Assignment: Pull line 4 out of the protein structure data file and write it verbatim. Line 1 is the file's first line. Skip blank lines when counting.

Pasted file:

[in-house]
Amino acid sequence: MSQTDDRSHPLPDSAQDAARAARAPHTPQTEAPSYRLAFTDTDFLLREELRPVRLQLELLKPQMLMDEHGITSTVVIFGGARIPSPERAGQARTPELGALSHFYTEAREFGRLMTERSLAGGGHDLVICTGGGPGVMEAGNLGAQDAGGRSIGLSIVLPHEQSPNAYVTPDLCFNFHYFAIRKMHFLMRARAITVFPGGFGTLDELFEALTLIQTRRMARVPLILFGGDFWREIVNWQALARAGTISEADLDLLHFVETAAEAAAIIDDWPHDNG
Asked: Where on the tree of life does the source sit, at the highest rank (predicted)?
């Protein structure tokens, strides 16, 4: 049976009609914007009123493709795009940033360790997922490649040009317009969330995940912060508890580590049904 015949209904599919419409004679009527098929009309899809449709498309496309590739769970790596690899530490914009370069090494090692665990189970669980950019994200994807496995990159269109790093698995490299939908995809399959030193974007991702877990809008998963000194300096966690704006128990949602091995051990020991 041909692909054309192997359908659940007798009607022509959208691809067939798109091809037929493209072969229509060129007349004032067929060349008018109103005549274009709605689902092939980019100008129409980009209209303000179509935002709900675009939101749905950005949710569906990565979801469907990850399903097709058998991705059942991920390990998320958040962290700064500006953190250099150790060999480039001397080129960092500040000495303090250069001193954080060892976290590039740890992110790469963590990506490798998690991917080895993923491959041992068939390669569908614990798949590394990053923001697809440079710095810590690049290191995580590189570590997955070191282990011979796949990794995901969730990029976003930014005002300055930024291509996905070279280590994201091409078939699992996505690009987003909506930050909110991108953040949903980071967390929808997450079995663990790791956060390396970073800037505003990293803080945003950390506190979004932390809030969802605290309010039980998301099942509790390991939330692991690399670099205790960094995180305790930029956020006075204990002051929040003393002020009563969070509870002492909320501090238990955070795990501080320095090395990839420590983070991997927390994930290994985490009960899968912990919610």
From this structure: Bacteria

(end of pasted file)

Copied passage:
């Protein structure tokens, strides 16, 4: 049976009609914007009123493709795009940033360790997922490649040009317009969330995940912060508890580590049904 015949209904599919419409004679009527098929009309899809449709498309496309590739769970790596690899530490914009370069090494090692665990189970669980950019994200994807496995990159269109790093698995490299939908995809399959030193974007991702877990809008998963000194300096966690704006128990949602091995051990020991 041909692909054309192997359908659940007798009607022509959208691809067939798109091809037929493209072969229509060129007349004032067929060349008018109103005549274009709605689902092939980019100008129409980009209209303000179509935002709900675009939101749905950005949710569906990565979801469907990850399903097709058998991705059942991920390990998320958040962290700064500006953190250099150790060999480039001397080129960092500040000495303090250069001193954080060892976290590039740890992110790469963590990506490798998690991917080895993923491959041992068939390669569908614990798949590394990053923001697809440079710095810590690049290191995580590189570590997955070191282990011979796949990794995901969730990029976003930014005002300055930024291509996905070279280590994201091409078939699992996505690009987003909506930050909110991108953040949903980071967390929808997450079995663990790791956060390396970073800037505003990293803080945003950390506190979004932390809030969802605290309010039980998301099942509790390991939330692991690399670099205790960094995180305790930029956020006075204990002051929040003393002020009563969070509870002492909320501090238990955070795990501080320095090395990839420590983070991997927390994930290994985490009960899968912990919610």